[Guest Post] Alison the Beloved (Part Two)

In the first part of this essay, I explored the portrayal of Black women in Doctor Who, using the example of Alison Cheney. She appears in Scream of the Shalka, a 2003 web animation. Preceding the 2005 TV reboot by two years, she is the first broadcast non-white companion. 

I wrote about Alison’s role as the Doctor’s beloved, a status unusual for Black characters, and how she could have challenged the New Who’s portrayal of Black women as largely disposable victims. At the same time, SotS’ refusal to give Alison the lived experience specific to a Black London woman in an all-white small town reduces her revolutionary potential.

Alison’s ability to change the Whoniverse is also limited by SotS’ — and Alison’s — unpopularity. In this part of my essay, I dig into fan characterizations of Alison, using the AO3 corpus as a representative sample. An examination of SotS fan content on AO3 reveals that Alison may be the Doctor’s beloved in SotS, but she’s largely unloved in fandom.

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[Guest Post] Alison the Beloved (Part One)

The Black companions in the rebooted iteration of Doctor Who have it rough, especially the women. 

Think of Martha, who suffers Simm Master’s mockery and his enforced servitude of her family in Season 3’s Sound of Drums. Think of Bill, who endures a decade of medical abuse and slow Cyber conversion (i.e., being made into a cyborg) at the hands of Razor Master in Season 10’s World Enough and Time/The Doctor Falls. Think of Grace, who dies of electrocution and fall after defending the Thirteenth Doctor from a gathering coil in Season 11’s Woman Who Fell to Earth. The New Who’s Black companions are generally treated as more disposable and less important than the white characters.

But what if it didn’t have to be that way? What if New Who’s first companion had been a young Black woman — cherished, celebrated, integral to the narrative? How might the experiences of Black companions be different if Alison Cheney had been the first?

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Looking Back: The Authority Volume 1 (Issues 1 -12)

Note: Depending on the format of the source media and what makes organizing my thoughts easier, the overall format of this blog series will be flexible to accommodate that! So this first, comics-focused installment of In Retrospect won’t be repeated for (as an example), me talking about an episode of “Smallville” that stuck with me.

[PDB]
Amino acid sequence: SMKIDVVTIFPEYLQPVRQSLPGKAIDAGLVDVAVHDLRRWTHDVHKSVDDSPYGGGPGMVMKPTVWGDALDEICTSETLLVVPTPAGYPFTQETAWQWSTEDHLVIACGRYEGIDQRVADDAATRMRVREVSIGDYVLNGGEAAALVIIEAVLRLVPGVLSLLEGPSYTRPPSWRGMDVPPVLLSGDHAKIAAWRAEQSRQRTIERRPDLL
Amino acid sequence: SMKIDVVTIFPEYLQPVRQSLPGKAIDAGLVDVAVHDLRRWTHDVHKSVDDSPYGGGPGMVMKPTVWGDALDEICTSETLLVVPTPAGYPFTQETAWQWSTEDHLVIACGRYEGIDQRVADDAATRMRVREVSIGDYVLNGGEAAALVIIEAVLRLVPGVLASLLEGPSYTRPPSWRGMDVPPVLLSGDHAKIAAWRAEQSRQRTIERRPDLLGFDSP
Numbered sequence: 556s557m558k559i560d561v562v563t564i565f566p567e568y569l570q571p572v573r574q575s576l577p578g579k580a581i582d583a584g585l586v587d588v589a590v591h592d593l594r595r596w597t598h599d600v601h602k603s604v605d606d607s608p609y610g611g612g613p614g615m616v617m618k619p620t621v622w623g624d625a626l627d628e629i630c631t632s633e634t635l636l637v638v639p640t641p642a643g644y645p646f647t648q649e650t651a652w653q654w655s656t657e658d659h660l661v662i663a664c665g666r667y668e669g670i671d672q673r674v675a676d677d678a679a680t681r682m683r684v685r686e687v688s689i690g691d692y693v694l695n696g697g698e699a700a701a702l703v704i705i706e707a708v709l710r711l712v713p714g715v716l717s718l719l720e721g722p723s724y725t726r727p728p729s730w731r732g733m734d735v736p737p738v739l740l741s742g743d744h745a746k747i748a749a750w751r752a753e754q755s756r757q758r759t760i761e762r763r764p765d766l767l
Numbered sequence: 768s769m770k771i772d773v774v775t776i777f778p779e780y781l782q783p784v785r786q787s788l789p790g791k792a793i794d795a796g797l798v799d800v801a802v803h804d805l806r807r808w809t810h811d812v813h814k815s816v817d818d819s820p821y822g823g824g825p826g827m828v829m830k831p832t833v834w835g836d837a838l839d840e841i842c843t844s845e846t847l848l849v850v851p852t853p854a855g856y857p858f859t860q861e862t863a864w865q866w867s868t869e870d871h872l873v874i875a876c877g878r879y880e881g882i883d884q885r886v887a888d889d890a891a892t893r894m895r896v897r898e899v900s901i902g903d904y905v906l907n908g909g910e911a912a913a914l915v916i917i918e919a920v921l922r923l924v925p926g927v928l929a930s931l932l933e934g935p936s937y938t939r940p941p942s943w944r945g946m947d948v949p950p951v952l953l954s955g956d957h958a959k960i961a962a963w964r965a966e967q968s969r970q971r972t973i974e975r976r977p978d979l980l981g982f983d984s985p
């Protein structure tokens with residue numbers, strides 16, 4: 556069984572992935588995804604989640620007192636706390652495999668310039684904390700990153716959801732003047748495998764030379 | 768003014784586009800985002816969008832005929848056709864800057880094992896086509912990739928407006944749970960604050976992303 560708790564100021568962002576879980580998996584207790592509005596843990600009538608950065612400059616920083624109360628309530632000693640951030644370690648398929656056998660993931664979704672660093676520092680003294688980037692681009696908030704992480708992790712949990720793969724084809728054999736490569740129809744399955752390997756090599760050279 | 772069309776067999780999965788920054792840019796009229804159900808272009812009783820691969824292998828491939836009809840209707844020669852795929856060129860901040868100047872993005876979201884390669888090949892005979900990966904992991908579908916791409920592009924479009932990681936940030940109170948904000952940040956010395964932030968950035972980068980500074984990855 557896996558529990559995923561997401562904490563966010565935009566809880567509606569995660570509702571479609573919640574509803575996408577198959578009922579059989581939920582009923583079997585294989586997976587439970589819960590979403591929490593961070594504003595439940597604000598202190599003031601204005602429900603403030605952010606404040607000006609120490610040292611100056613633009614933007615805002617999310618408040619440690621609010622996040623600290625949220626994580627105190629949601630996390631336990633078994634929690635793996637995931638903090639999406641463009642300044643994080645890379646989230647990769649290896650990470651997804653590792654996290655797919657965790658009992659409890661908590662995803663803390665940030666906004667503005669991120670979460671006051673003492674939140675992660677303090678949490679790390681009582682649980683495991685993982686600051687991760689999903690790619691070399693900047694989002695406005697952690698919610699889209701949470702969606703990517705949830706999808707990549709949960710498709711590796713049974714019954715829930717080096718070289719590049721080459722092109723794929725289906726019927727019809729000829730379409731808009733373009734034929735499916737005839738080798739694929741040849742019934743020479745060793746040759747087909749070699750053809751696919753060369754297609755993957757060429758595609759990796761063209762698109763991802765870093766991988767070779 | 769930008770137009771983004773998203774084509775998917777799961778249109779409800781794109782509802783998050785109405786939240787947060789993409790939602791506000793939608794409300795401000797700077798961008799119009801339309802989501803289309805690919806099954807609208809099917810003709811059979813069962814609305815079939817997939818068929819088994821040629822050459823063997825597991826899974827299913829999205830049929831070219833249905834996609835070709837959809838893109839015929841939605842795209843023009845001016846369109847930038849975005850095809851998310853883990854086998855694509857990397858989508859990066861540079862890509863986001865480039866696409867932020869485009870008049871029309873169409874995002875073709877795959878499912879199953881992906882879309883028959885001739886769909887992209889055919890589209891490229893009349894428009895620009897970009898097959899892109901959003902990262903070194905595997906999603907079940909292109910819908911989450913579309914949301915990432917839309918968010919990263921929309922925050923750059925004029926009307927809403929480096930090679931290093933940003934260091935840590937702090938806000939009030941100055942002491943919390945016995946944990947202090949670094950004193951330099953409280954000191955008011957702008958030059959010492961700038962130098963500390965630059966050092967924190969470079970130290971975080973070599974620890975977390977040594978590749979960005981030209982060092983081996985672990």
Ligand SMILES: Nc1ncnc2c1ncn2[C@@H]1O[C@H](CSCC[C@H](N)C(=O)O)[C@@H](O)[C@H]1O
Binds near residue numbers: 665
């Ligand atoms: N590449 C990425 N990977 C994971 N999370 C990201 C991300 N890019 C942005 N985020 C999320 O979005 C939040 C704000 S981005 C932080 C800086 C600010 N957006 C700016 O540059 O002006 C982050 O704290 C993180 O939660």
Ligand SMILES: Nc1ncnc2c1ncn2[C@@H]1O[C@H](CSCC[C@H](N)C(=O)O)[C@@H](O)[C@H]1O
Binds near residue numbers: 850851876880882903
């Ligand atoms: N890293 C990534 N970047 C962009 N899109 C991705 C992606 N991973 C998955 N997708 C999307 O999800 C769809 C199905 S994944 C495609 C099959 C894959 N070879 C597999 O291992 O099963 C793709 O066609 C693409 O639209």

I do not claim to hold the copyright to The Authority or the images in this post. I may own copies of the books, but that’s it entirely.

Content Notes: references to racism, misogyny, colonialism, fascism, and homophobia

Looking Back - The Authority.png

I got into The Authority right around the time that DC shut the doors on the Wildstorm universe for what I thought might be the last time.

A dear friend in the DC fandom, Sasha, had gotten me into the series after seeing me comment on fanart of Apollo and Midnighter with the kind of excitement that really only comes from getting to call a character “gay murder Batman” and pointed me in the direction of the series and some of its best arcs.

I started with Warren Ellis’s second volume of Stormwatch (which introduced the characters that’d go on to be part of The Authority and went on from there. It remains one of the series I reread as often as possible because the storylines and characters are just flat out fun to fuss over.

With DC’s The Wild Storm reinventing all of the characters from this run, I thought it’d be a perfect opportunity to look back at the first twelve issues of The Authority. What was so awesome about Ellis’s first run and why is it that Mark Millar and Frank Quitely’s following turn on the series so dang distressing?

And above all: does this series still deserve the hype in my head?

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[Guest Post] Love, pain, redemption – Bruce & Dick in Nightwing: Rebirth.

This guest post comes courtesty of one of my dearest friends in and out of fandom, Yamini, who kindly allowed me to repost her brilliant analysis of Batman and Nightwing’s relationship in Nightwing: Rebirth. (This post is also available on her tumblr, so please reblog it from there if you want to share!


… And Fate them forged a binding chain / of living love and mortal pain” is one of my favourite lines in JRR Tolkien’s Lay of Leithian; encapsulating the poem’s driving conviction that mingled love, pain, surrender, and redemption can form the foundations of the most important relationships we can have with other human beings.

I found myself thinking about it after reading Nightwing #8 (by Tim Seeley, Javier Fernandez, Chris Sotomayor and Carlos Mangual) because love, pain, and redemption are so much a part of Bruce Wayne and Dick Grayson, and how they relate to each other, and I haven’t read many comics that mediate on that as beautifully as this one (and hell, this whole arc) does.Read More »